The community will have its say on water fluoridation at the next local government election, it has been confirmed.
A community poll on the controversial issue was locked in for the September 2020 local government election but then the COVID-19 pandemic resulted in the council elections across NSW being pushed back to September 2021.
Port Macquarie-Hastings Council has amended the date of the community poll, resolving to conduct the poll on water fluoridation in conjunction with the next local government election.
That falls on September 4, 2021.
The question will read: "Would you prefer that council stop adding fluoride (hydrofluorosilicic acid) to the public water supply?"
Anti-fluoridation campaigner John Lusk wholeheartedly agrees with the community poll decision.
"You have to go to the people," he said.
"It is the right thing to do. It is just a matter of common sense that you ask the people you are dosing."
Mr Lusk believes is it critical that the council stages a public forum before the poll to present both sides of the argument.
Fluoridation began here in February 2012 after the council referred the decision to the state government.
The NSW Department of Health subsequently directed the council to fluoridate its drinking water supply.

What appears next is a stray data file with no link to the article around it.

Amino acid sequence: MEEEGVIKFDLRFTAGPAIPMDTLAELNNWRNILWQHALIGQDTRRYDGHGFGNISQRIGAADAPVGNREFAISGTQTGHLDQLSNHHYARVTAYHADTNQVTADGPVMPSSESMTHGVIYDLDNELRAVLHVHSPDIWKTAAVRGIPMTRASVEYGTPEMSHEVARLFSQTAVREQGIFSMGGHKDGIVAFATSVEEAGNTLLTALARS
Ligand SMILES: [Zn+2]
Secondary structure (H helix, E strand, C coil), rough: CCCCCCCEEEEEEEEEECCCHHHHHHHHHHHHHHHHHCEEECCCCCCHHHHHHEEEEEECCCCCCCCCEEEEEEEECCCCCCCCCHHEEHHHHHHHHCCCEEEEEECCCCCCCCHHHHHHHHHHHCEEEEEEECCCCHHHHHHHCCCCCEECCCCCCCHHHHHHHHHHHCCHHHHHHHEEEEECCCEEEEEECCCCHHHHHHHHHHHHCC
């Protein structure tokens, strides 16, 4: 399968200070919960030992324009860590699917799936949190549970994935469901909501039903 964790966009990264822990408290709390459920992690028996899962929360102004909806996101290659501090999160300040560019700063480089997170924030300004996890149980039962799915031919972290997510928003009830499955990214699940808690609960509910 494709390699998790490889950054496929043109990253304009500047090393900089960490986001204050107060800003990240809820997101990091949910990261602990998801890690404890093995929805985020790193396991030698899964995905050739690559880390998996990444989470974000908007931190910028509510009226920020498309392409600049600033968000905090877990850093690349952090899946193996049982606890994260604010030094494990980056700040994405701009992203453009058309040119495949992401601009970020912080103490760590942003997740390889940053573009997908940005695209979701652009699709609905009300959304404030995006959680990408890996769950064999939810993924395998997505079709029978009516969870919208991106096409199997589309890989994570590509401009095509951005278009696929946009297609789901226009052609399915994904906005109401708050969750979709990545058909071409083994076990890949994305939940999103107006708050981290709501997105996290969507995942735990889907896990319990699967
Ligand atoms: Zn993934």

Deputy mayor Lisa Intemann said there was science developing very rapidly about fluoride's potential negative impact on the body.
She said it was the council's role to take an interest in the community's wellbeing.
Cr Intemann said the council had a responsibility to ask the community what they actually thought, so the council could know going forward what it might wish to do in terms of further discussions with the Department of Health.
She said a USA court case was a tremendous step forward in bringing the science into public scrutiny, and she was very hopeful that the ruling would open people's eyes to the mythology behind water fluoridation and the real risk it posed to human health.
Mayor Peta Pinson said the poll was the council's response to allow the community to have its say.
"In fact, council every day, over various issues, asks the community to have their say," she said.
Cr Pinson said it was the council's role to listen.
The mayor also raised the issue of economic equity.
She said there were people who didn't have the choice but to drink tap water, and for those who chose not to, they found other means such as buying bottled water or putting filters on taps.
Cr Rob Turner said there were far more effective ways than a poll to consult with the community.
He said he thought it was a potentially divisive matter which the council had no jurisdiction over.
Cr Turner said NSW Department of Health mandated that the council fluoridate the public water supply.
Cr Peter Alley described the community poll as an exercise in futility because water fluoridation was a state government issue.
But Cr Lee Dixon said a poll was the perfect opportunity, in conjunction with the election, to find out how the community felt about water fluoridation.
Crs Lee Dixon, Sharon Griffiths, Lisa Intemann and Peta Pinson voted for the decision, and Peter Alley, Geoff Hawkins and Rob Turner voted against.
What else is making news, sport?
Thank you for valuing local journalism with your subscription. While you're with us, you can also receive updates straight to your inbox from the Port Macquarie News. To make sure you're up to date with all the news, sign up here.